27 June 2011

Food is better when it is fresh

Warning: This post has nothing to do with sewing.
The past couple years I have been trying to increase the amount of fresh produce in my husband and my diets.  I started by going to the local produce market every week, instead of just buying stuff at the grocery store. I then moved to planning each weeks meals so that I could write a weekly list for our veggie needs.  This year, we decided to join a CSA (community-supported agriculture, a.k.a farm-share)

And so last Saturday was spent at the lovely Red Fire Farm, the current suppliers of our produce.

We signed up for the farm share with my friend Sarah, and it comes with the benefits of free pick-your-own fruits and veggies at the farm.  And so Sarah and I ventured out to pick-our-own.

It's a far drive from Boston, but so worth it. Seeing so much blue sky and green grass is such a change of pace from city-living.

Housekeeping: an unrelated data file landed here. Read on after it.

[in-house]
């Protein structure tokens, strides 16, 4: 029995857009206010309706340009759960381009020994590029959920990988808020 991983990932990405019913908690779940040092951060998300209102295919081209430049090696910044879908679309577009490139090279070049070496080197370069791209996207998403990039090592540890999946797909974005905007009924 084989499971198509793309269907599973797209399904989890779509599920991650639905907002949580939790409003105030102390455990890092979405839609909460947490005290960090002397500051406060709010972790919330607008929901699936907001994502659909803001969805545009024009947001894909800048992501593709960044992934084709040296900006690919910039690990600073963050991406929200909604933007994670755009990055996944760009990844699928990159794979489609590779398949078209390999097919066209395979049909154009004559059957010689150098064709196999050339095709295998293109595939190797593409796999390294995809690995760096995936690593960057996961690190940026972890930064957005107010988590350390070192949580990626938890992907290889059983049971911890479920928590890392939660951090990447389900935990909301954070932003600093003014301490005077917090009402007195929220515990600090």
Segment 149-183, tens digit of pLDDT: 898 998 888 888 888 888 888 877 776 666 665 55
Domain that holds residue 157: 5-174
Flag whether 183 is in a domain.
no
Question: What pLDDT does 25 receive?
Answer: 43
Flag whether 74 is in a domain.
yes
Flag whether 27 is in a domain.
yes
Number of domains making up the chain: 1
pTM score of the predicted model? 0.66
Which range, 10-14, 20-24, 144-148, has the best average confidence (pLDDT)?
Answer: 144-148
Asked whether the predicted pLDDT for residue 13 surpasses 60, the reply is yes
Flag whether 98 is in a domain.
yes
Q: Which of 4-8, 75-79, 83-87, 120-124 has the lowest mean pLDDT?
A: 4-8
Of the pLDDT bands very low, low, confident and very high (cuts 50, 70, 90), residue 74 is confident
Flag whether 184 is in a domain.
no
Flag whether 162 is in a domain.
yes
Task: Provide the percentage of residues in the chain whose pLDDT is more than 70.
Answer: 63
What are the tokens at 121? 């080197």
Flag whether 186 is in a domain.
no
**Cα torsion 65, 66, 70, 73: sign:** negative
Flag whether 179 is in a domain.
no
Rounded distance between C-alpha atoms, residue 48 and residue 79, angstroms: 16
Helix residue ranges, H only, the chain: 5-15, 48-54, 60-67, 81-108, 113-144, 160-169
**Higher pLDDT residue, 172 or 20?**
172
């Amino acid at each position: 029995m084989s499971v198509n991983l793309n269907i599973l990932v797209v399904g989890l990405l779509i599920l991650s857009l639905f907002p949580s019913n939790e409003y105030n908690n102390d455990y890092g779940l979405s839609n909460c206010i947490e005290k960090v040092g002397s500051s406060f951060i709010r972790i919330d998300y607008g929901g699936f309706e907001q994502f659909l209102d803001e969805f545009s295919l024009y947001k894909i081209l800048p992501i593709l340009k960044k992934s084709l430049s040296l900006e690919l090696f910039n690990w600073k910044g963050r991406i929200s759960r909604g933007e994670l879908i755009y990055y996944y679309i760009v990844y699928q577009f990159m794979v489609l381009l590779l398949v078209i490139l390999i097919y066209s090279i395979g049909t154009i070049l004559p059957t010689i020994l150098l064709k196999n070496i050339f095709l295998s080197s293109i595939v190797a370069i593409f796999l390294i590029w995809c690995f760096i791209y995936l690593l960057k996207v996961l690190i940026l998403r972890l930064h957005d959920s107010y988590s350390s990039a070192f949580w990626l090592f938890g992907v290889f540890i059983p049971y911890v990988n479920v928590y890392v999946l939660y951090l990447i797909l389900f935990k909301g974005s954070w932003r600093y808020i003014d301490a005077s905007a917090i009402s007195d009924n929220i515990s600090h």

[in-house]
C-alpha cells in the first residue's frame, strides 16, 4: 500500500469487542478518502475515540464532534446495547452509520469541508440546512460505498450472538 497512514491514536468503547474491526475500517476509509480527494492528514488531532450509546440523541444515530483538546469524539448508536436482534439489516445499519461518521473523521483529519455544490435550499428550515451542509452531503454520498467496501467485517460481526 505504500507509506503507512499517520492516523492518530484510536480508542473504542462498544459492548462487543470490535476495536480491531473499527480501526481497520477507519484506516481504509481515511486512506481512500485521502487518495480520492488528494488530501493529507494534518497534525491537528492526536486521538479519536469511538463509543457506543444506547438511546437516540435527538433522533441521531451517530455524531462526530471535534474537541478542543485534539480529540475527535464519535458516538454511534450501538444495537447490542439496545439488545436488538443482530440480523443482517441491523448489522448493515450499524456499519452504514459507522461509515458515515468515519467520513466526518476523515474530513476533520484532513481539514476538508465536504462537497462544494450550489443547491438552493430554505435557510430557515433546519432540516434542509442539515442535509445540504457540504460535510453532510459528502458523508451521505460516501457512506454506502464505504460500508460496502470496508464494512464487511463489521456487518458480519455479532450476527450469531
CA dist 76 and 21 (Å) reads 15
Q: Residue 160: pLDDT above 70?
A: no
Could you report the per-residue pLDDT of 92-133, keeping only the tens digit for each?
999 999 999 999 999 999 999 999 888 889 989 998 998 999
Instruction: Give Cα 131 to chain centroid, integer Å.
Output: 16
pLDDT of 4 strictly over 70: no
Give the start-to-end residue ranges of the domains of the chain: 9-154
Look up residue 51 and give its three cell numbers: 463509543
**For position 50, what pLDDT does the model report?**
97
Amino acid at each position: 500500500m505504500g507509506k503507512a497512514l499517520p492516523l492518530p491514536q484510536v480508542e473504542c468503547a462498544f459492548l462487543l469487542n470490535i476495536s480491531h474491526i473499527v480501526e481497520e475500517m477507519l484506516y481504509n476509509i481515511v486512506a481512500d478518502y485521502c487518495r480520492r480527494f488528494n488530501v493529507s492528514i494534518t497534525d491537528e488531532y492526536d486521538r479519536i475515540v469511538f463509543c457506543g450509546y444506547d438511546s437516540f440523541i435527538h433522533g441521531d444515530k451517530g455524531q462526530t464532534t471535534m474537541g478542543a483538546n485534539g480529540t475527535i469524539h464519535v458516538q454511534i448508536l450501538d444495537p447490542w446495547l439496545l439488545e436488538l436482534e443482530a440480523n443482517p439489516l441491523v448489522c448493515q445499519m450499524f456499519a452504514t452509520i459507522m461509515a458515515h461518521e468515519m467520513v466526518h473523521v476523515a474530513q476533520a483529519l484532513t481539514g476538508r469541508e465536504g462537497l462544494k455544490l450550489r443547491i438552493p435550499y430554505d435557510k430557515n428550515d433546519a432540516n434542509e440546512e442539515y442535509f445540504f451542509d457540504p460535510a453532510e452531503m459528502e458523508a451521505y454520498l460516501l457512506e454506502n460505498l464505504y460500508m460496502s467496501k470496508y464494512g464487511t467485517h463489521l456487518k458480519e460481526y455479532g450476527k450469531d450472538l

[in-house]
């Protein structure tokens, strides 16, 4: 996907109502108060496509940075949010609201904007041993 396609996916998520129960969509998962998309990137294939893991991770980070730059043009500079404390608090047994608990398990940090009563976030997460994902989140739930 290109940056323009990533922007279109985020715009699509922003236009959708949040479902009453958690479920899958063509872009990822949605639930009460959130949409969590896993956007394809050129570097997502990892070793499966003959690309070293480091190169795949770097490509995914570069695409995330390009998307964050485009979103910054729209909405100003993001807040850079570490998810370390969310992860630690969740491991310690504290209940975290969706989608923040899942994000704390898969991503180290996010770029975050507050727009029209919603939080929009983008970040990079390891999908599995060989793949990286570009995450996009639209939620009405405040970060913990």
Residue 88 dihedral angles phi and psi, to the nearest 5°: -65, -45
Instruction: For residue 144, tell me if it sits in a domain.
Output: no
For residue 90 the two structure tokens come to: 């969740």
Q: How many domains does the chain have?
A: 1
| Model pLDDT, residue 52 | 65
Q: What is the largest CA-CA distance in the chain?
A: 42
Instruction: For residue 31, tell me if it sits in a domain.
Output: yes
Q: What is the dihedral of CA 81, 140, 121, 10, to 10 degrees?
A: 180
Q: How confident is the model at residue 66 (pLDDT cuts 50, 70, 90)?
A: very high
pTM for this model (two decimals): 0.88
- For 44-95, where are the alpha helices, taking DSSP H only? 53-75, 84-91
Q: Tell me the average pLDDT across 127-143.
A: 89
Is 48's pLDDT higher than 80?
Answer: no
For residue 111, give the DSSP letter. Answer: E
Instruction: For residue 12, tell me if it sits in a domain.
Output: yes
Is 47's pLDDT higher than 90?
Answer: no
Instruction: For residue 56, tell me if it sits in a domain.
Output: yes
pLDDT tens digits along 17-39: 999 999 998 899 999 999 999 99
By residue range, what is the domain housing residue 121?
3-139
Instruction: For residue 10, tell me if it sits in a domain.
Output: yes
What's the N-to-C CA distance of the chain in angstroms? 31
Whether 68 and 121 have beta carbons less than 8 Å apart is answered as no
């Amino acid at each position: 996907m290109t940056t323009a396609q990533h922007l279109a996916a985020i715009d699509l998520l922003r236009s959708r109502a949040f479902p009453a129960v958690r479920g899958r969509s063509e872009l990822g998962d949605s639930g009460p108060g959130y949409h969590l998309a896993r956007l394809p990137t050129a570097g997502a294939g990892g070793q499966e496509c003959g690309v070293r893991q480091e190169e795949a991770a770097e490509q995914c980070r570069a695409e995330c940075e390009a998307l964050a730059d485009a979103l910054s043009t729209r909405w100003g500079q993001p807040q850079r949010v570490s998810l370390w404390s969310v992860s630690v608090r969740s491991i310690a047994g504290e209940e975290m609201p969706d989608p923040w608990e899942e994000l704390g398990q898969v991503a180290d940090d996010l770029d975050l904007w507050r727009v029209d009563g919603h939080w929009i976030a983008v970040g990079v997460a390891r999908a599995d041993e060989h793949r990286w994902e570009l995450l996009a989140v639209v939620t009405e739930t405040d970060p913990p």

And Sarah and I left with 8 quarts of strawberries, 4 pints of peas, and as many sprigs of herbs as we could possibly use.
fresh-picked strawaberries
A pretty awesome bounty, if I don't say so myself.  The farm share has really exceeded my expectations already, and is definitely worth the investment, but it also requires a different type of meal planning, since we don't know/choose what we are getting each week.  So I have to make up weekly meals to use the foods we get.  So far, so good.

I would love to eventually have my own garden and grow my own veggies (my parents have a wonderful garden in their backyard), but it's just not possible to get the right combination of (abundance of) sun and (lack of) wind where we live currently.  But no matter what, I'm so grateful to have a supply of fresh food. What do you do for your fresh foods?

1 comment

  1. I'm lucky because I work at and live next to the agricultural campus of a university. We get emails from the farm manager when each crop is ripe, and we can walk over to the centre and buy minutes-old food! (fruit, veg., honey, etc.) Now we're into strawberry and greens season, with a few lingering asparagus still available.


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